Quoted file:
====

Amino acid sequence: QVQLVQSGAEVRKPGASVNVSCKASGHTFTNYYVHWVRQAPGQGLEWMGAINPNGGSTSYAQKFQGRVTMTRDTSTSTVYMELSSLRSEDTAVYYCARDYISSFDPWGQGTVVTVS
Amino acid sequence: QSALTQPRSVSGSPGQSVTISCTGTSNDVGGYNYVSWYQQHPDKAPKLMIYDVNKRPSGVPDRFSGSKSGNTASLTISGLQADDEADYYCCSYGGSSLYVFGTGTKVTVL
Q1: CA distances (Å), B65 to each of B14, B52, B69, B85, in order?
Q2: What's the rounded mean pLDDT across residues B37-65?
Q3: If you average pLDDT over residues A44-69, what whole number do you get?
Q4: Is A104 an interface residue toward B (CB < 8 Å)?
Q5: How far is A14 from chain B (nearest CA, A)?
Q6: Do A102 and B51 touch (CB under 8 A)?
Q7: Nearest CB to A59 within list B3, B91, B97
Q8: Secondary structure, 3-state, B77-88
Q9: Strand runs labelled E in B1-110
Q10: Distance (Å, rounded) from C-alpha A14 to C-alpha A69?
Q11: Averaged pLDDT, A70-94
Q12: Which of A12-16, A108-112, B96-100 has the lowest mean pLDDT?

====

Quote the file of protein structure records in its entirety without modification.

Amino acid sequence: QVQLVQSGAEVRKPGASVNVSCKASGHTFTNYYVHWVRQAPGQGLEWMGAINPNGGSTSYAQKFQGRVTMTRDTSTSTVYMELSSLRSEDTAVYYCARDYISSFDPWGQGTVVTVS
Amino acid sequence: QSALTQPRSVSGSPGQSVTISCTGTSNDVGGYNYVSWYQQHPDKAPKLMIYDVNKRPSGVPDRFSGSKSGNTASLTISGLQADDEADYYCCSYGGSSLYVFGTGTKVTVL
Q1: CA distances (Å), B65 to each of B14, B52, B69, B85, in order?
Q2: What's the rounded mean pLDDT across residues B37-65?
Q3: If you average pLDDT over residues A44-69, what whole number do you get?
Q4: Is A104 an interface residue toward B (CB < 8 Å)?
Q5: How far is A14 from chain B (nearest CA, A)?
Q6: Do A102 and B51 touch (CB under 8 A)?
Q7: Nearest CB to A59 within list B3, B91, B97
Q8: Secondary structure, 3-state, B77-88
Q9: Strand runs labelled E in B1-110
Q10: Distance (Å, rounded) from C-alpha A14 to C-alpha A69?
Q11: Averaged pLDDT, A70-94
Q12: Which of A12-16, A108-112, B96-100 has the lowest mean pLDDT?